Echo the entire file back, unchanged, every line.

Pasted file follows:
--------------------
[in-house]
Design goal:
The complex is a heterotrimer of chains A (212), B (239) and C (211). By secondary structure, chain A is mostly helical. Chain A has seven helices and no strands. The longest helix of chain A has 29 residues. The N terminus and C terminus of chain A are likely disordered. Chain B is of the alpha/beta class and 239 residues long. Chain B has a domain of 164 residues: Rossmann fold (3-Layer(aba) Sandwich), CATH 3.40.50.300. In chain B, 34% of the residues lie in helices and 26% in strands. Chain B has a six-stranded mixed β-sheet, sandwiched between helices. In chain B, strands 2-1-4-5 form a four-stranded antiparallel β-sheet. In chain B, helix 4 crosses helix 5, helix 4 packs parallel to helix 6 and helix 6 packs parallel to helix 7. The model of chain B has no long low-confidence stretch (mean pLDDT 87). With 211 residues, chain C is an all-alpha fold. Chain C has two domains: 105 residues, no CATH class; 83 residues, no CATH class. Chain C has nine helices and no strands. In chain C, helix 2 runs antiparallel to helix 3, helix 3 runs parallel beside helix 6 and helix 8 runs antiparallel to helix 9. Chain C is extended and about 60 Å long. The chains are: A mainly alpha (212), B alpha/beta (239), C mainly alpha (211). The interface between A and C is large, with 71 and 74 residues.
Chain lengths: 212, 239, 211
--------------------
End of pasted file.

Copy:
[in-house]
Design goal:
The complex is a heterotrimer of chains A (212), B (239) and C (211). By secondary structure, chain A is mostly helical. Chain A has seven helices and no strands. The longest helix of chain A has 29 residues. The N terminus and C terminus of chain A are likely disordered. Chain B is of the alpha/beta class and 239 residues long. Chain B has a domain of 164 residues: Rossmann fold (3-Layer(aba) Sandwich), CATH 3.40.50.300. In chain B, 34% of the residues lie in helices and 26% in strands. Chain B has a six-stranded mixed β-sheet, sandwiched between helices. In chain B, strands 2-1-4-5 form a four-stranded antiparallel β-sheet. In chain B, helix 4 crosses helix 5, helix 4 packs parallel to helix 6 and helix 6 packs parallel to helix 7. The model of chain B has no long low-confidence stretch (mean pLDDT 87). With 211 residues, chain C is an all-alpha fold. Chain C has two domains: 105 residues, no CATH class; 83 residues, no CATH class. Chain C has nine helices and no strands. In chain C, helix 2 runs antiparallel to helix 3, helix 3 runs parallel beside helix 6 and helix 8 runs antiparallel to helix 9. Chain C is extended and about 60 Å long. The chains are: A mainly alpha (212), B alpha/beta (239), C mainly alpha (211). The interface between A and C is large, with 71 and 74 residues.
Chain lengths: 212, 239, 211